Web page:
Thanks to the microSD card expansion slot, however, you can increase the total memory of the Steam Deck to a maximum of 1 TB. Don't forget that external storage isn't nearly as fast as internal drives.

Read more: The fastest and best microSD cards

Can you run Windows on Valve's Steam Deck?

Valve Steam Deck interfaceImage credit: valve

When you think of Linux as a gamer, the first thing you think of is compatibility issues. The good news is you can install Windows to play literally any PC game you want on your Steam Deck. That said, if you have a Game Pass Ultimate subscription, you can essentially turn your Steam Deck into an Xbox handheld console.

Similar: Xbox Game Pass vs. Xbox Game Pass Ultimate: Is It Worth Upgrading?

Windows isn't the only operating system you can install. For example, you can install Ubuntu or Chrome OS if you want to experiment with your Steam Deck. It's amazing how versatile such a compact machine is.

For those who don't want to mess around with Windows, Valve uses Proton, a compatibility layer that allows Windows games to run on the Linux-based SteamOS. So you should be able to play most of the games without any problems.

What is the release date of Valve's Steam Deck?

Play on Valve Steam DeckImage credit: valve

Valve will release the Steam Deck this holiday season, i. H. in December 2021, but it won't be available worldwide. In the first phase of release, Valve will limit availability to the United States, the United Kingdom, Canada, and the European Union.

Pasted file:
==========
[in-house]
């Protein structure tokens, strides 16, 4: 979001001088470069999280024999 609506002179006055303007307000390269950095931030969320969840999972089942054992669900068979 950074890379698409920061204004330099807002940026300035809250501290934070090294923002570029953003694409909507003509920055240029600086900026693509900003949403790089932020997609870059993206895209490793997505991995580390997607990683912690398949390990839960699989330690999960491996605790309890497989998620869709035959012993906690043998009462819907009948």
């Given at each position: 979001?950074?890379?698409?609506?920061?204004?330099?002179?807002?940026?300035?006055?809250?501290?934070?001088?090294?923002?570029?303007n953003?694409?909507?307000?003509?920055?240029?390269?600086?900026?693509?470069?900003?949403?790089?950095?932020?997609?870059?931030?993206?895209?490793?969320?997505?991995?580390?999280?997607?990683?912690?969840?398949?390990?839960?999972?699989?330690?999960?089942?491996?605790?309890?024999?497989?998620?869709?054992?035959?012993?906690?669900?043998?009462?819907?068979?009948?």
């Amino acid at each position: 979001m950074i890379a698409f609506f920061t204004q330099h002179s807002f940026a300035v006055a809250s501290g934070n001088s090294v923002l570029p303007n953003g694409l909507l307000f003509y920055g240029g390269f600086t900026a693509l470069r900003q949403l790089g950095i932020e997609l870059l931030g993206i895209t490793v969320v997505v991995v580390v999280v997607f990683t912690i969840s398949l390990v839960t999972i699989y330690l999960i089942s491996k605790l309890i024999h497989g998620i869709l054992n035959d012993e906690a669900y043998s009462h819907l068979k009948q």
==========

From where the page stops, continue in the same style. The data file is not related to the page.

Reservations for the first release began shortly after the announcement and sold out within an hour. The rest of the countries will have to wait longer as Valve plans a release in 2022. Further details on availability will follow shortly.

How much does Valve's Steam Deck cost?

Valve Steam Deck MultiplayerImage credit: valve

One of the most interesting aspects of the Steam Deck is its price, especially given the hardware it packs. Valve is pursuing an aggressive pricing strategy with the Stream Deck to compete against the Nintendo Switch.

Prices start at $ 399 and go up to $ 649, depending on the storage space required. The $ 399 base model comes with 64GB of eMMC storage, which may not be good enough for most users. To store AAA games, you'll have to settle for 256GB or 512GB storage with faster NVMe drives that cost $ 529 and $ 649, respectively.

Valve's Steam deck has enormous potential

Valve sees the Steam Deck as a completely new product category in the PC gaming space. Depending on how well it sells, the company is hoping to attract more game developers to the idea. We can even see third party vendors releasing their own versions of the Steam Deck as SteamOS is free.

Right now, the Steam Deck looks good enough to seduce anyone who has been waiting for the Switch Pro and been disappointed with the Switch OLED announcement. If Valve can capitalize on Nintendo's mistakes, it has a successful product in its hands.

Image credit: valve


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About the author

Hamlin Rozario
(58 published articles)

Hamlin is a full-time freelancer who has been in the field for over four years. Since 2017 his work has appeared on OSXDaily, Beebom, FoneHow and others. In his spare time, he either trains in the gym or takes big strides in the crypto room.

By Hamlin Rozario